In the Net

Salmon and Whitefish in the Yukon Flats and the Draanjik Drainage

Multiple salmon (Oncorhynchus sp) and whitefish species (Coregoninae subfamily) are known to utilize habitats within the Yukon Flats, and the Draanjik River (Black River) drainage at multiple stages in their life cycles for migration, spawning, and rearing. However, while their presence is known, the extent of their anadromous geographic distribution is not fully identified and documented within the State of Alaska’s Anadromous Waters Catalog (AWC). This project collected local and traditional ecological knowledge (LTK) of anadromous species within the Yukon Flats region, and documented spawning and rearing activity within the Draanjik River drainage. This project was designed to address the Yukon Region Priority Information Need of geographic distribution of Pacific salmon and whitefish species. The information provided by this project is critical to the management of anadromous salmon and whitefish species and the habitat utilized by them throughout their life cycles. The objectives of this project included documentation of LTK of anadromous waters utilized by salmon and whitefish species occurring in the Yukon Flats with a focus on the Draanjik River drainage; verification of the presence of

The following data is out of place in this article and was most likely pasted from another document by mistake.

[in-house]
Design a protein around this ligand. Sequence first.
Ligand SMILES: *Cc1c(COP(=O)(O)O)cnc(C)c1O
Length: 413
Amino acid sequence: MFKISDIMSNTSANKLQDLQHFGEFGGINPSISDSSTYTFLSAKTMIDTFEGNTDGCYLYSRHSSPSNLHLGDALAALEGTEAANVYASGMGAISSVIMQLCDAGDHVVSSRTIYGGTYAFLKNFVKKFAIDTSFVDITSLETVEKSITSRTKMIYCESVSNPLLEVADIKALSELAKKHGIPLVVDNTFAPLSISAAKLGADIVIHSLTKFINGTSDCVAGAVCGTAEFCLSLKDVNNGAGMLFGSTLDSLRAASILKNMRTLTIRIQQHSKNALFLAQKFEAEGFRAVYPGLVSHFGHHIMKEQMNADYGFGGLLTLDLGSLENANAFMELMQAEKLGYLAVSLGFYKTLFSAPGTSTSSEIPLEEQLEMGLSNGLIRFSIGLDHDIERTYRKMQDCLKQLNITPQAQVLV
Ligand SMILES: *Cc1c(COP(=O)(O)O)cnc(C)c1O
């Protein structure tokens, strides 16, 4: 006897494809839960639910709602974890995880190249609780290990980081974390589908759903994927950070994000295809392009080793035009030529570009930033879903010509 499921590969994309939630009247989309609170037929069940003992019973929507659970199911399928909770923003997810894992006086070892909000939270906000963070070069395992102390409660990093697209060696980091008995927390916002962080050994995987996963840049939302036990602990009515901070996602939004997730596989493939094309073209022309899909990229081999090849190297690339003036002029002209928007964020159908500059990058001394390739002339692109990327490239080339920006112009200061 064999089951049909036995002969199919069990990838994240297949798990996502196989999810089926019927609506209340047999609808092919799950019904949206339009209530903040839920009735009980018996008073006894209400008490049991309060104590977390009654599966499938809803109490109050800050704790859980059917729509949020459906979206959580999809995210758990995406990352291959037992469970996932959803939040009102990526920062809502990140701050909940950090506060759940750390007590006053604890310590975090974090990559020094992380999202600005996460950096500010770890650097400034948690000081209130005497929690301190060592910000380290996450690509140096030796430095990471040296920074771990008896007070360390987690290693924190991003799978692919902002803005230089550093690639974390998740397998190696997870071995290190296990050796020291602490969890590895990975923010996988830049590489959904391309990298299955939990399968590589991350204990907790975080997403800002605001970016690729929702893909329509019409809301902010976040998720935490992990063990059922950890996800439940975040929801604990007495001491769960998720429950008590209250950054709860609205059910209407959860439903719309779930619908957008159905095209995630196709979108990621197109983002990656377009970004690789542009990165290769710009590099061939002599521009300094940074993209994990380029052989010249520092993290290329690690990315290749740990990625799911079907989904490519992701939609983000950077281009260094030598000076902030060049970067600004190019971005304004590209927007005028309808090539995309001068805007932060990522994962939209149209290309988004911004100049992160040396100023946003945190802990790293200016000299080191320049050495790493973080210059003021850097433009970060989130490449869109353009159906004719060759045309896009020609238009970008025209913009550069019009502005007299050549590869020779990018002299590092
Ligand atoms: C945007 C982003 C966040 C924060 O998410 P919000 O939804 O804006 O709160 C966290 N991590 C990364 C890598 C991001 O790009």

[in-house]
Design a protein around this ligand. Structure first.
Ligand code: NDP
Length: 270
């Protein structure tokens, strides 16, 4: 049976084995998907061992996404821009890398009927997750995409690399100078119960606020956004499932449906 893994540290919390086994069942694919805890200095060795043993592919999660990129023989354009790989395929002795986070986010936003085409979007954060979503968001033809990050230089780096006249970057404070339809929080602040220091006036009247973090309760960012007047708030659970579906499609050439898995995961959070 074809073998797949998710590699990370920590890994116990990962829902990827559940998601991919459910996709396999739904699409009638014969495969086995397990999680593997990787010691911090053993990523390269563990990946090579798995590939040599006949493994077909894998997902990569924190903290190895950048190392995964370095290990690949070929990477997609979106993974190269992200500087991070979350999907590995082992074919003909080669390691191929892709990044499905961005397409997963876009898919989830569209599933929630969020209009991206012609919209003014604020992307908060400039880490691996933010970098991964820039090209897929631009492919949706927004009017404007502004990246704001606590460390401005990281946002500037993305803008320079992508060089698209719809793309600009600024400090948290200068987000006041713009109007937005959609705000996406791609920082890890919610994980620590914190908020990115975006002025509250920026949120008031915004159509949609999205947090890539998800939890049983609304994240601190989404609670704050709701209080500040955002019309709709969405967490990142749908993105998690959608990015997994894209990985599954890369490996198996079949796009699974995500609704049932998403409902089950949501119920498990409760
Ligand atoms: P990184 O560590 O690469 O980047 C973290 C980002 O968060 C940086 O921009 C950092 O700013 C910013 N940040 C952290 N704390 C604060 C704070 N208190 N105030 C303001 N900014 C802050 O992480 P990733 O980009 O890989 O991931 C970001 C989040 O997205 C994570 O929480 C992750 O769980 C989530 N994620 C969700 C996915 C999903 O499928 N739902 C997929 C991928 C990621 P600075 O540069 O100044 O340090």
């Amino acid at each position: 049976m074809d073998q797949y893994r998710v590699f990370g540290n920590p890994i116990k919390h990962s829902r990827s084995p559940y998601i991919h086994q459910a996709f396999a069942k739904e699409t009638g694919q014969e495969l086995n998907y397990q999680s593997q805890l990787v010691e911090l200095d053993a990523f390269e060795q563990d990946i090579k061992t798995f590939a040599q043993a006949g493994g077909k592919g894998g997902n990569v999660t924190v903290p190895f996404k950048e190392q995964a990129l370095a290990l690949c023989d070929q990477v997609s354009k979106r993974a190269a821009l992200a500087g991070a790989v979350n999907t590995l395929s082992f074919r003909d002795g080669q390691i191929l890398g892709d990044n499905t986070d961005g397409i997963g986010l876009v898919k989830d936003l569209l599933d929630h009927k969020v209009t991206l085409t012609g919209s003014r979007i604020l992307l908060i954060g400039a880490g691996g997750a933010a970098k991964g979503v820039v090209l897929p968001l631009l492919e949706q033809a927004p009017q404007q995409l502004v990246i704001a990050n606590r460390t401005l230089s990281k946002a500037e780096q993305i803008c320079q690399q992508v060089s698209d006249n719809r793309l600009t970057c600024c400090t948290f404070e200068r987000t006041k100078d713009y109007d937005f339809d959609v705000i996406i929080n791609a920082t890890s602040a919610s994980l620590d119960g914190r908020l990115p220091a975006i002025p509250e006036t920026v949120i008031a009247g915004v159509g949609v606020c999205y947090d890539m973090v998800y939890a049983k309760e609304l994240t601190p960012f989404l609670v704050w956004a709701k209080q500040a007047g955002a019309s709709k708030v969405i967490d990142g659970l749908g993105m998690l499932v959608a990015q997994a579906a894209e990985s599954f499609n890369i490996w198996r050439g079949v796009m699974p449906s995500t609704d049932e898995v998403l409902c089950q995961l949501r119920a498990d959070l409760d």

salmon and whitefish species, and documentation of anadromous waters used for spawning and rearing as described by LTK, primary literature, and field observations for the Draanjik River drainage; submittal of nominations to the AWC for all verified water bodies used by salmon and whitefish species to maximize the spatial extent of mapped anadromous waters; and engagement with the local communities and building capacity by collaboration with the Tribal Councils and by hiring local research technicians who assisted with the ethnographic and biological research. This project was designed as a partnership with the Tribal Councils (TC) of Chalkyitsik, Venetie, and Gwichyaa Zhee with the TCs selecting local research assistants for the ethnographic fieldwork. Local hires were trained in interview and mapping techniques. This project was designed to be a collaborative project, seeking and confirming locally observed contributions to the AWC, using a combination of social and biological methods and collaborating amongst agencies and communities. Broadly, researchers engaged standard anthropological methods of ethnographic fieldwork (participant observation, semi-structured interviews, and mapping) to identify potential search areas based on local knowledge. Next, researchers used a combination of fisheries techniques to document and identify migrating, spawning, and rearing habitats used by salmon and whitefish as identified by local knowledge. This project resulted in several nominations to the AWC for multiple life-stages of salmon, whitefish, and arctic lamprey.

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